Hawe killings fit characteristics of other murder-suicides

Perverse belief that murder is an act of mercy can lead the severely psychotic to kill

 

The circumstances surrounding Alan Hawe’s murder of his family and suicide at his Co Cavan home in August 2016 shared many characteristics found in other murder-suicides, according to psychological analyses.

This week’s inquest into the killing of his wife Clodagh (39) and sons Liam (13), Niall (11) and Ryan (6) was told by psychiatrist Prof Harry Kennedy that Hawe had a “severe depressive episode with psychotic symptoms.”

Hawe’s lengthy suicide notes left at the scene of his crimes – evidence that Prof Kennedy relied on, along with Hawe’s counselling and GP notes, for his diagnosis – reveal a man intent on taking his own life and explaining the murders of his family on the basis that he was saving them from the shame of living with his suicide.

“I know you all will suffer with this but I couldn’t do it to the one who loved me so much and boys so young. I was ultimately going to ruin the rest of their lives,” Hawe wrote to members of his own family and his wife’s family.

‘Shame’

In another section, he wrote: “I cannot let them face a life without me and the shame they would have to bear that their father had committed suicide. I have wanted to kill myself for a long time now and I just could not bear the thought of leaving my mess and the anger and rejection that Clodagh and the boys would have to live with forever.”

He expressed shame repeatedly, over the effect of his mental state on his family, over his work and over himself.

“I am sorry for all the people who showed me so much love and I never repaid it. I was always a selfish person. Clodagh didn’t deserve to have to put up with that. I am so, so sorry. Don’t forgive me.”

Clinical psychologist Dr Eoin Galavan said that it is common for suicidal people to see themselves as a burden on others and to believe that they would be better off without them. He cited “burdensomeness” as one of the core concepts from research by Florida State University academic Thomas Joiner in the area of murder-suicides.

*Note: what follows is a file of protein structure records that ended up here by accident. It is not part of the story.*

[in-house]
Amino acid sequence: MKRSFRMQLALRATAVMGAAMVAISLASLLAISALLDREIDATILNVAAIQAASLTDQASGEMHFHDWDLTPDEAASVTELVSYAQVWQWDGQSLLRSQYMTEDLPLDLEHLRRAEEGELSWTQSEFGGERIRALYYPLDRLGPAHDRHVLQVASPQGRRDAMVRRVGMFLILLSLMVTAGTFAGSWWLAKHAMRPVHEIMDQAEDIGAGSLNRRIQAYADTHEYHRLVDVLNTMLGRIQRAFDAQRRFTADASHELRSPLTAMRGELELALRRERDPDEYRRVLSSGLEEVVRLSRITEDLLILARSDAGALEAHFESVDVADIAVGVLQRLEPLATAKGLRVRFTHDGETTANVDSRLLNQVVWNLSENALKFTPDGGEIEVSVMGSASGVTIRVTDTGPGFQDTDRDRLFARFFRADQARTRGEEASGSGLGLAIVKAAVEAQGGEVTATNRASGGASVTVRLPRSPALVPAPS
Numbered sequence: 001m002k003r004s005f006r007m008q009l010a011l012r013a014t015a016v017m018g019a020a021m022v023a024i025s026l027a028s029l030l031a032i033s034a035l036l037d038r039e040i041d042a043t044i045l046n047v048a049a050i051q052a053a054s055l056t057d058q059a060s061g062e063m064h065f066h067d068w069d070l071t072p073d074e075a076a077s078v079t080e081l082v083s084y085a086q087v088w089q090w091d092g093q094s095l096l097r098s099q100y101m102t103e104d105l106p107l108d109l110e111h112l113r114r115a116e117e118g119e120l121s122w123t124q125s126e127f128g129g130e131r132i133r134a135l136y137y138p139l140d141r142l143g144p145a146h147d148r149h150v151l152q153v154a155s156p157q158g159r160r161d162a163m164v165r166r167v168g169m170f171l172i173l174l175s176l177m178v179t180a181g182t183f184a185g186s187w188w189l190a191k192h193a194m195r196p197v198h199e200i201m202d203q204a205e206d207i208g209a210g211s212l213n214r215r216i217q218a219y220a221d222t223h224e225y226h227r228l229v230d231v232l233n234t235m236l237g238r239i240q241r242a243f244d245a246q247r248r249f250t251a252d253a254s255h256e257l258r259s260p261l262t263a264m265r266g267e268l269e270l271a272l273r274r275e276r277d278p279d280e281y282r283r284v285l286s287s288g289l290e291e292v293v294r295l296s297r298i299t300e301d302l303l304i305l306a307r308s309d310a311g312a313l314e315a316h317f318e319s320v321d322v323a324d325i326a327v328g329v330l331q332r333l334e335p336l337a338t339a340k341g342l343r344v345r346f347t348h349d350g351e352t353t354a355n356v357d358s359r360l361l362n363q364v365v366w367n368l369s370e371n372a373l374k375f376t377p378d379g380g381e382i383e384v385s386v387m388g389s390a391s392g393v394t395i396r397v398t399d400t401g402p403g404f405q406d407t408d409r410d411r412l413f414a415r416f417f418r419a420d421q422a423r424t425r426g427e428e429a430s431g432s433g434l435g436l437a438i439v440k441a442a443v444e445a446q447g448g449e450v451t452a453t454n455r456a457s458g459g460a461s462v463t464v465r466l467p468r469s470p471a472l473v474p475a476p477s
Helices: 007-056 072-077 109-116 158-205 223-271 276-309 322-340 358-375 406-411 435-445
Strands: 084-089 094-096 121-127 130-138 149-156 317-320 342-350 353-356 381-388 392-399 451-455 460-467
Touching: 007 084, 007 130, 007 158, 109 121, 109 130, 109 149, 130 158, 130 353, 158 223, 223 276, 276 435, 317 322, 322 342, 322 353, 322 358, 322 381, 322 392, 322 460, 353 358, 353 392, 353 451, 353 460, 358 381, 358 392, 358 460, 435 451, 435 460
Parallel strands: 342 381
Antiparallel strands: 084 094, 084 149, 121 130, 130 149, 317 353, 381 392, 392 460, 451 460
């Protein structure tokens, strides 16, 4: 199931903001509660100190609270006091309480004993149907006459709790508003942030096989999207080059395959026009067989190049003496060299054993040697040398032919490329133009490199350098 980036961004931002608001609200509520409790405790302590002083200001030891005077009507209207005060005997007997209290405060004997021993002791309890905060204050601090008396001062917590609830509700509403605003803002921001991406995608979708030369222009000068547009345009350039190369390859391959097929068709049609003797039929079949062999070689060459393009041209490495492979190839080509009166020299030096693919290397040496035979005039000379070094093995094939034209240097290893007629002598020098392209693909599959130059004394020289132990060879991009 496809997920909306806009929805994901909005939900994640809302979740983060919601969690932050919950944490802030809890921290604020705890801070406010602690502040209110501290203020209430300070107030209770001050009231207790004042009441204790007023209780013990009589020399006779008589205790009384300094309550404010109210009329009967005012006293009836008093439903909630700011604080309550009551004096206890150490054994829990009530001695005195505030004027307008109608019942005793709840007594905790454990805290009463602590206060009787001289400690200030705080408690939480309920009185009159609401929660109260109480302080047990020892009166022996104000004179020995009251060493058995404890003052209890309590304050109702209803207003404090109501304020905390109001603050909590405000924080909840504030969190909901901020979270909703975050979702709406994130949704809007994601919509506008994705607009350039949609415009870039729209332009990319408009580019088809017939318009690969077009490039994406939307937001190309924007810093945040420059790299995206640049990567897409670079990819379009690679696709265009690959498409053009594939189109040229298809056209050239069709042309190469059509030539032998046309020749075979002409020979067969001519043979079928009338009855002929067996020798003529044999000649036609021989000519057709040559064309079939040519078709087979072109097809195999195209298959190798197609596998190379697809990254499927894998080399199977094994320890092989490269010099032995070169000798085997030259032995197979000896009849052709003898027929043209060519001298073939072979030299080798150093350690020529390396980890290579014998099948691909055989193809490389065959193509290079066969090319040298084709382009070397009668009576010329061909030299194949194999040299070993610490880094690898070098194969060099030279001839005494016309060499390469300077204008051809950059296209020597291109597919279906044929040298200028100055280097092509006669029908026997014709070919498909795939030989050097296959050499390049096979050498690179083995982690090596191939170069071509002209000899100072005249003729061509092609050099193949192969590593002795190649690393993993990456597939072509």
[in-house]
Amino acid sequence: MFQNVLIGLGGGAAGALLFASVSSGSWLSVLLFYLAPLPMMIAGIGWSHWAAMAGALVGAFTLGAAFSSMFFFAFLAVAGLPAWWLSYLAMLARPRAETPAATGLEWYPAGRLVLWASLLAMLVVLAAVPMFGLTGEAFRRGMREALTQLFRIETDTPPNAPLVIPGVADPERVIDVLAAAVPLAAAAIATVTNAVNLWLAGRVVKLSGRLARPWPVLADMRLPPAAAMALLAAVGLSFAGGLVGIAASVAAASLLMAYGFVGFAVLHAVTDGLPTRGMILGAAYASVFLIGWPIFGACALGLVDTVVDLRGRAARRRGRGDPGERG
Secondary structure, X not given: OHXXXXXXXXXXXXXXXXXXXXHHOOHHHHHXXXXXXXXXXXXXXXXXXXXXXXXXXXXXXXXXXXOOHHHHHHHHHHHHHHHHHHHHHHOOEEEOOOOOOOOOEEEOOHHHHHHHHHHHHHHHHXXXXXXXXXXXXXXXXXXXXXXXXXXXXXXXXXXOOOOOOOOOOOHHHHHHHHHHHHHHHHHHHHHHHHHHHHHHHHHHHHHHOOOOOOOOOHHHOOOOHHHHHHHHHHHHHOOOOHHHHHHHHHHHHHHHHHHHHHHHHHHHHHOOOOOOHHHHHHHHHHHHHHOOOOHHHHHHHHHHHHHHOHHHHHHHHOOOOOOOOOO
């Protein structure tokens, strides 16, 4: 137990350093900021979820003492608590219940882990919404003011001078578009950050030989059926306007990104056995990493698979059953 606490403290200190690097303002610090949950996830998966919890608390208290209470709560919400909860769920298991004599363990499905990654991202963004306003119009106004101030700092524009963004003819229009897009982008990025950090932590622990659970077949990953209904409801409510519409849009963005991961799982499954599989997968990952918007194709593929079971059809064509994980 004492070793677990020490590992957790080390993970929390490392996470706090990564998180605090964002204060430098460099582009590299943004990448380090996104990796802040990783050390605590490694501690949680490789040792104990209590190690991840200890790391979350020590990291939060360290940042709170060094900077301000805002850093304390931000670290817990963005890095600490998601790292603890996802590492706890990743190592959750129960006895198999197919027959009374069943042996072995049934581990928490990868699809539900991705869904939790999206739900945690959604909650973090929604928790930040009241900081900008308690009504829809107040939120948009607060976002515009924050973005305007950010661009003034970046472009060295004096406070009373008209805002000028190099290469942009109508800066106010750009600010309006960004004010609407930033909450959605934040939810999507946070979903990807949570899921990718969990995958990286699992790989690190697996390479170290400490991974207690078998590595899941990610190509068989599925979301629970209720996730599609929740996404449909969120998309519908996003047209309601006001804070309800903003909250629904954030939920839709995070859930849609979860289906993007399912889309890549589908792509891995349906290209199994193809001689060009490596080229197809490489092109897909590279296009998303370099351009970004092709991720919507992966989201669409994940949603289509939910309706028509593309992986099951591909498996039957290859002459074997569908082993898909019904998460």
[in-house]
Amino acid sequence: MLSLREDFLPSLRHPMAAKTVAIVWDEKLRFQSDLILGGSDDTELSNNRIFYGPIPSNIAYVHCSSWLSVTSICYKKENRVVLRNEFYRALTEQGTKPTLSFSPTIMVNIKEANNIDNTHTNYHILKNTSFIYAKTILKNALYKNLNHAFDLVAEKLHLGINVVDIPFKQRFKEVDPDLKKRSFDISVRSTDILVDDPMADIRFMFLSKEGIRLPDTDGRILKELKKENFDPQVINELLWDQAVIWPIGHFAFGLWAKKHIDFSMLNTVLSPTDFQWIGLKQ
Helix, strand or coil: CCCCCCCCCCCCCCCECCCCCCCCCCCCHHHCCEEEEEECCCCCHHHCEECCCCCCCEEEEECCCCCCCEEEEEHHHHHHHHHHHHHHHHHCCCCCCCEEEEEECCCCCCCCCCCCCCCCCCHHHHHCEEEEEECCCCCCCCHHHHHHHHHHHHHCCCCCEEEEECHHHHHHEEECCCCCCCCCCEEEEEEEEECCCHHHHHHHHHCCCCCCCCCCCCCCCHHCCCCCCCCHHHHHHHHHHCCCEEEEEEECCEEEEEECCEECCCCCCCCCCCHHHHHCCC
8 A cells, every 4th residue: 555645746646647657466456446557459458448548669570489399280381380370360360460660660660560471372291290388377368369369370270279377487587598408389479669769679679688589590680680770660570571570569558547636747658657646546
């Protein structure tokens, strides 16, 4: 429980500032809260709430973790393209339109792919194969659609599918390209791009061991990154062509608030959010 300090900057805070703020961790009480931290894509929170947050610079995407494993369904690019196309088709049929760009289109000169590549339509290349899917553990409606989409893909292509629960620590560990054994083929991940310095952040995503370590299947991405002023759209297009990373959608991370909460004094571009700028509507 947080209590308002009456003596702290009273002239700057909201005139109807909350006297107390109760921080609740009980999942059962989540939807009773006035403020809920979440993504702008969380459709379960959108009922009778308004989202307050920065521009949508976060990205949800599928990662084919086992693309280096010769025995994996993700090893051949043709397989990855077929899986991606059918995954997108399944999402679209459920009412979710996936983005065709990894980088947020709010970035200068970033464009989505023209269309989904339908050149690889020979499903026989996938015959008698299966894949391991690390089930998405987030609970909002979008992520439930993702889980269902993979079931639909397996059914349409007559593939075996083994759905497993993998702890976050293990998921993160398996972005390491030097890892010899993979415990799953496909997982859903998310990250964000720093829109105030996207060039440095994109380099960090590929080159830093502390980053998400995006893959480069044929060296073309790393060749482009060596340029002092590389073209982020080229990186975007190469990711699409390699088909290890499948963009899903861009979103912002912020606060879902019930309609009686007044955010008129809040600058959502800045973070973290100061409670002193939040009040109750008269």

“Believing you are a burden on those around you, that this burdensomeness is a stable and permanent and unlikely to change, is a potent driver of the desire for death,” said Dr Galavan.

“A person may believe they are sparing the victim the pain of enduring the wake of their own suicide . . . Of course, this is a distorted belief, and from the outside looking in this is obvious. However, the suicidal person can believe this with deep conviction.”

Warped

The normal desire to protect your children can become warped when someone suffers from psychosis.

“In the case of murder suicide, these everyday beliefs and attitudes are distorted and perverted to the point of killing those whom the person may believe they are caring about,” said Dr Galavan.

Brendan Kelly, professor of psychiatry at Trinity College Dublin, says delusional people can often fear something terrible is about to happen to them or their family and to avoid this suffering they have to kill their family.

“It is a very deluded mental state but the alleviation of suffering through killing is obviously a big risk factor and it has been described in many cases of murder-suicide,” he said.

Hawe’s beliefs, revealed in his notes, that people were looking at him “oddly” over the summer before he committed the murders or that they had a dim view of his work as a teacher seem to have fed his unstable state.

“Murder-suicide can also be based on delusions which are fixed, false belief but delusions are a little more than regular beliefs,” said Prof Kelly.

“They usually carry more of a conviction that a person needs to act.”

If you are affected by any of these issues you can contact:

Women’s Aid helpline for free on 1800 341 900

Childline in 1800 66 66 66 or text “support” to 50101

Pieta House: 1800 247 247

Samaritans by telephoning 116123 for free, texting 087-2609090 or emailing jo@samaritans.org